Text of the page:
We also asked again the unanswered questions from our original email;

“In whose interest can it be to keep the validation secret? 

What is within the data that the defence should not see?  

Why is public money being spent to avoid scrutiny of a public body which is supposedly serving the public?”


Importantly, we asked this;

“For the record, please confirm that the Cabinet Secretary for Justice had sight of my email and specifically approved the response contained in your letter of 17th October 2018?”

Now I trust the fair-minded member of the public would agree that these are reasonable questions that deserve an answer given the importance of forensic science in criminal trials.  Silence from the bureaucracy.  A short and not-so-sweet response from the bureaucracy;

“There is nothing that I can add to the previous reply.”

Really?  You cannot even say whether the Minister was even made aware of our letter?  You cannot say what we shouldn’t see?

This episode is of course simply the latest in the ongoing obstructive and unfair approach apparently adopted by the entire Scottish system.  The Crown Office and Procurator Fiscal Service (COPFS), the prosecuting authority in Scotland, stand meekly aside, pleading that since they don’t have the files they cannot provide them and apparently unwilling to force the SPA to do so. 

Again, really? 

“3.1.2 The police and other investigating agencies are under an obligation to submit all relevant information to the Crown (Criminal Justice and Licensing (Scotland) Act 2010 s116). The court in Smith v HMA (1952 JC 66) at pages 71 and 71 set out that it is the duty of the police;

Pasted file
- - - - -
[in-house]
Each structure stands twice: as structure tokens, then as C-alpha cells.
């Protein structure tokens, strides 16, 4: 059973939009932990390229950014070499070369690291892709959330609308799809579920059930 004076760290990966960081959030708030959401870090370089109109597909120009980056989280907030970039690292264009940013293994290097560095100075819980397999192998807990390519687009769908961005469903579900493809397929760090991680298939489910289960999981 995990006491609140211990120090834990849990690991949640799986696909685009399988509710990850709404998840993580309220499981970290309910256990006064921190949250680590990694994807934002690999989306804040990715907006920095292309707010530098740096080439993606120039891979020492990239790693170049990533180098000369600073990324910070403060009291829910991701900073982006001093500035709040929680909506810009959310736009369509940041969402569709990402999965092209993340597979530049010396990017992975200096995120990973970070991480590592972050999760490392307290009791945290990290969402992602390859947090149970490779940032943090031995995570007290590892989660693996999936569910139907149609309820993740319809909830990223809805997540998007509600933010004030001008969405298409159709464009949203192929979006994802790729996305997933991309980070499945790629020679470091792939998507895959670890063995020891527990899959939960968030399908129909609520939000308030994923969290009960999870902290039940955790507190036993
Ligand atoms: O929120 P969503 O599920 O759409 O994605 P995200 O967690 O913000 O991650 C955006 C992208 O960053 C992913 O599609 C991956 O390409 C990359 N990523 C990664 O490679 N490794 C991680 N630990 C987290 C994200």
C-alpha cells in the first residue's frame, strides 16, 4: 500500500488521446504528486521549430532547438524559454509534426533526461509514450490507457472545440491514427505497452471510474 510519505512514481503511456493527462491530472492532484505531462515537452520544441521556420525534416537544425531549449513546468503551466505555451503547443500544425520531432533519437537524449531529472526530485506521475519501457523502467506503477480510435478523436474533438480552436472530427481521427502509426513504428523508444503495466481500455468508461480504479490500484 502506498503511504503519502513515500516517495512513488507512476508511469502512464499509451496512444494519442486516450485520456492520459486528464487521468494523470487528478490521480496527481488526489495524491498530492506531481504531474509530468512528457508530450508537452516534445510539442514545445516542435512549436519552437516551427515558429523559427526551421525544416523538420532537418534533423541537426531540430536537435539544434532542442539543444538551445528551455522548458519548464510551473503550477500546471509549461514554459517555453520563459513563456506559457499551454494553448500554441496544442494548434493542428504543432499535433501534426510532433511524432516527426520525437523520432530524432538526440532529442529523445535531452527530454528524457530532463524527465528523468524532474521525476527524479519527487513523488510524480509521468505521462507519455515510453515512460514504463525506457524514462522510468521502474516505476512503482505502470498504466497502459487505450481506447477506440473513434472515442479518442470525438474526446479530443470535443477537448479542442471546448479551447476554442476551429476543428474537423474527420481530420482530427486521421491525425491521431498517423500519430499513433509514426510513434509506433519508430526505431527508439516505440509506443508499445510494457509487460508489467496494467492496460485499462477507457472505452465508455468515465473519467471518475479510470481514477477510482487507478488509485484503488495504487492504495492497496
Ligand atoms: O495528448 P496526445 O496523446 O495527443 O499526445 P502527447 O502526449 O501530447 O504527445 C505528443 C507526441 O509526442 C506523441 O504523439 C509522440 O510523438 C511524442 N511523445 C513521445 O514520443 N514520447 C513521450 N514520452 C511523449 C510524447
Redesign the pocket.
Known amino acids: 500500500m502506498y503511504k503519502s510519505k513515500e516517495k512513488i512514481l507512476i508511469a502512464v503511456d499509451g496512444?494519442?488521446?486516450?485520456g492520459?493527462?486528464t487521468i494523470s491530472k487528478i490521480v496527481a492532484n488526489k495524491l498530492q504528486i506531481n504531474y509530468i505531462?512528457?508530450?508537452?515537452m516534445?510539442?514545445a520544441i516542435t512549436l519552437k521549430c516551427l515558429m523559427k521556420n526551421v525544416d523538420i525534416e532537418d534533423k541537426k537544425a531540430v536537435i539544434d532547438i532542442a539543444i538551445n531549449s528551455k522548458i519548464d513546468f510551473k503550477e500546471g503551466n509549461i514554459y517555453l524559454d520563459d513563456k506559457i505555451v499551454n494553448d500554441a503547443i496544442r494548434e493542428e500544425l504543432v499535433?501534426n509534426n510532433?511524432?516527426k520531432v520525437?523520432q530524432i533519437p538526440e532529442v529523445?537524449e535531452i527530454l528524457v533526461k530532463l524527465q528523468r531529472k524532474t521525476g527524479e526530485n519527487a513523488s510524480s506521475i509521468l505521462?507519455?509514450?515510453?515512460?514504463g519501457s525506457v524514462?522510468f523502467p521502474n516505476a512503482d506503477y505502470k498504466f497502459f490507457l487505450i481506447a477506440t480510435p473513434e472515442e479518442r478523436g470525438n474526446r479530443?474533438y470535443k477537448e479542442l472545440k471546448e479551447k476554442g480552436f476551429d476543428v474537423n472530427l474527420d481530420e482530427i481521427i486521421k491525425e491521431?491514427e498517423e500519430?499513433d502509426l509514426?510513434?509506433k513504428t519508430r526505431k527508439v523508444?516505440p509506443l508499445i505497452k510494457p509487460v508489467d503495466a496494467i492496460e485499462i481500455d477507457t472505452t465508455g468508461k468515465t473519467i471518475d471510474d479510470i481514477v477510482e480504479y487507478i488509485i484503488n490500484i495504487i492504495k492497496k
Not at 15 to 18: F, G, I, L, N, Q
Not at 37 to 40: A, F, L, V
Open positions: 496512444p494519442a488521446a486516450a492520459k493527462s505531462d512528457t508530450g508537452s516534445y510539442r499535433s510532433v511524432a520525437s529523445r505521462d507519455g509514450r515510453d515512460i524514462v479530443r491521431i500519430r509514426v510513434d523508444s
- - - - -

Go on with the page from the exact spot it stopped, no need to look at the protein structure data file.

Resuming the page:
“to put before the Procurator-fiscal everything which may be relevant and material to the issue of whether the suspected party is innocent or guilty. We repeat, it is not for the police to decide what is relevant and material but to give all the information which may be relevant and material.”[i]


It would appear that the COPFS should expect all relevant information to be provided to them.  Of course being lawyers they may not understand the importance or relevance of the work performed in the laboratory and upon which any scientific evidence will be based (does anyone actually believe that?).


“… the prosecutor must consider what action is in the public interest. Assessment of the public interest often includes consideration of competing interests, including the interests of the victim, the accused and the wider community.”[ii]


We say that the interests of all of those parties is best served by a fair trial with full disclosure of the relevant information.   COPFS, and the Scottish Government, should become active in ensuring fairness.  Defence solicitors need to be more active in challenging this idiosyncratic system on behalf of their clients and justice.

Despite the Scottish Government claims that Scotland has one of the best, if not the best, criminal justice systems in the world, we at The Forensic Institute know that it has the most restrictive disclosure regime for forensic scientific evidence in the advanced world. 

This is simply the latest in a long, frustrating campaign on our part to achieve change.

(A form of this article appears in the Journal of the Law Society of Scotland, April 2019)

[i]  (Chapter 3: The Obligation of the Police and Other Investigating Agencies to Submit Relevant Information to the Crown)

[ii] COPFS Prosecution Code available online at